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“When hospitality becomes an art, it loses its very soul.”

Sir Henry “Max” Beerbohm, the English essayist wrote this in his book And Even Now. Remember it, because he was right.

By way of example, there was at one time a member of my parish who was quite skilled at dinner décor—so much so, in fact, that she probably could have been called upon from time to time to stage the cover images for Martha Stewart’s “Living” magazine. The problem, however, is that when folks found out that she would be the one behind the table settings for any particular event, some would be hesitant to attend. I know why. It’s because they knew that the easier nature of the event would be lost. They knew that what would normally be a comfortably casual, potluck style gathering of church friends and family would be in jeopardy of becoming a more rigid, loftier occasion—one that would feel disconnected from itself, ultimately making the attendees feel an edge of discomfort in a setting where such a specter should be completely absent. Also, for some who’d stepped up to serve in such ways in the past, the ghost of inadequacy might appear.

Of course, you could always count on most in attendance to wander around the gala speaking of the loveliness of the tables adorned in stately cloth and gilded with every possible frill—and yet those same tables so oddly held a mish-mash of old dishes and plastic containers filled with mac-n-cheese, barbecue meatballs, and potato salads—but once seated, those same folks would lean in toward one another and whisper, “You know, this is a potluck, not a wedding reception.” I know they said these things. I heard them. And like Beerbohm, they were right. They had sensed the loss of hospitality’s soul. It had become about showcasing the artful skills of the host and not the joyful opportunity for togetherness.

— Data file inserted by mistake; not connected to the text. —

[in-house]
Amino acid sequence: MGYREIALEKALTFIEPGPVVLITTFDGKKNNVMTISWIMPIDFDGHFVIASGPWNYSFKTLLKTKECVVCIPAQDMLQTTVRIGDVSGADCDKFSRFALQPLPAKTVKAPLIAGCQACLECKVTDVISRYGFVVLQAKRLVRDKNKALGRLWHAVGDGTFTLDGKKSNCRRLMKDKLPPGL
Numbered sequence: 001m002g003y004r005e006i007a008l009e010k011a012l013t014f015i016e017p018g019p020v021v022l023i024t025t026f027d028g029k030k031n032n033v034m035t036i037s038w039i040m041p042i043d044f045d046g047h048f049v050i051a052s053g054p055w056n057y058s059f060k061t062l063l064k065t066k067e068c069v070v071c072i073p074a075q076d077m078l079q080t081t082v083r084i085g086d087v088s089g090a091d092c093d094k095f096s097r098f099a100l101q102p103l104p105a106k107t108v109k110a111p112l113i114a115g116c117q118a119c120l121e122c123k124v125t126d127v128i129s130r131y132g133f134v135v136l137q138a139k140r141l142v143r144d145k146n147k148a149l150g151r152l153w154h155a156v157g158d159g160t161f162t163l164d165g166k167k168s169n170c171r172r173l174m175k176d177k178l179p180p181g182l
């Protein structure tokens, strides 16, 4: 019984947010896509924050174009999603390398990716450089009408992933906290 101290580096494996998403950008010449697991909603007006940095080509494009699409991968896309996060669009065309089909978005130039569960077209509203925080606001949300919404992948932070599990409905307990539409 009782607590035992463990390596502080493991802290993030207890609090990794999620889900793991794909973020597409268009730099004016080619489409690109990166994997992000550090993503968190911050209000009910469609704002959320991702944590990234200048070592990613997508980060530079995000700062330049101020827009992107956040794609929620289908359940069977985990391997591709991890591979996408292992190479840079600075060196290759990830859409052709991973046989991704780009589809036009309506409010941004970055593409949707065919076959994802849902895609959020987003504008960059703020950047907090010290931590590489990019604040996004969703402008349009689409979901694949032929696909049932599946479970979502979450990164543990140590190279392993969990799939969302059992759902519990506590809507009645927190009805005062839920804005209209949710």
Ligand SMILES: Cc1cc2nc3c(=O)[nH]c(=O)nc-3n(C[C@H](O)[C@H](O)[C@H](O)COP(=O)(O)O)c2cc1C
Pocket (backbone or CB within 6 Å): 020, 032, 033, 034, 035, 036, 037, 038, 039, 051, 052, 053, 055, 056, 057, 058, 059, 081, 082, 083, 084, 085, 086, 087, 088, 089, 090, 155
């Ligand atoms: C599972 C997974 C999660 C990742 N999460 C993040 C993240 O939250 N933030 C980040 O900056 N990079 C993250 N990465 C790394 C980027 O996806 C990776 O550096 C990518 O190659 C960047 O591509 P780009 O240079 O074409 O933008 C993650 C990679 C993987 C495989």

I sometimes wonder if certain distilleries are treading dangerously near to a similar edge when it comes to the packaging of their whiskies. Take for example the Highland Park Ice Edition.

What a spectacular parcel of well-crafted wood, glass, and whisky; and while the whisky inside is indeed a kindly dram that is, most certainly, to be shared among friends, the sumptuous packaging suggests it be left corked and set aside, saved for that unexpected visit from Margrethe II, the queen of Denmark.

I don’t know the woman. With that, I opened the bottle.

The nose of this Nordic-inspired trophy is that of malt with slight pulls of peat. A deeper dig produces grapefruit.

The palate proves the citrus and then adds a light smack of smoked honey and salted butter—all simmering to a foam. The heat renders a longer finish which, as it moves on to other realms, leaves behind a memory of what the nose promised.

“It’s a great dram, to be sure,” I say as I wander around the packaging in awe. Taking my seat and leaning to the friend beside me, “But you know, this is a potluck…”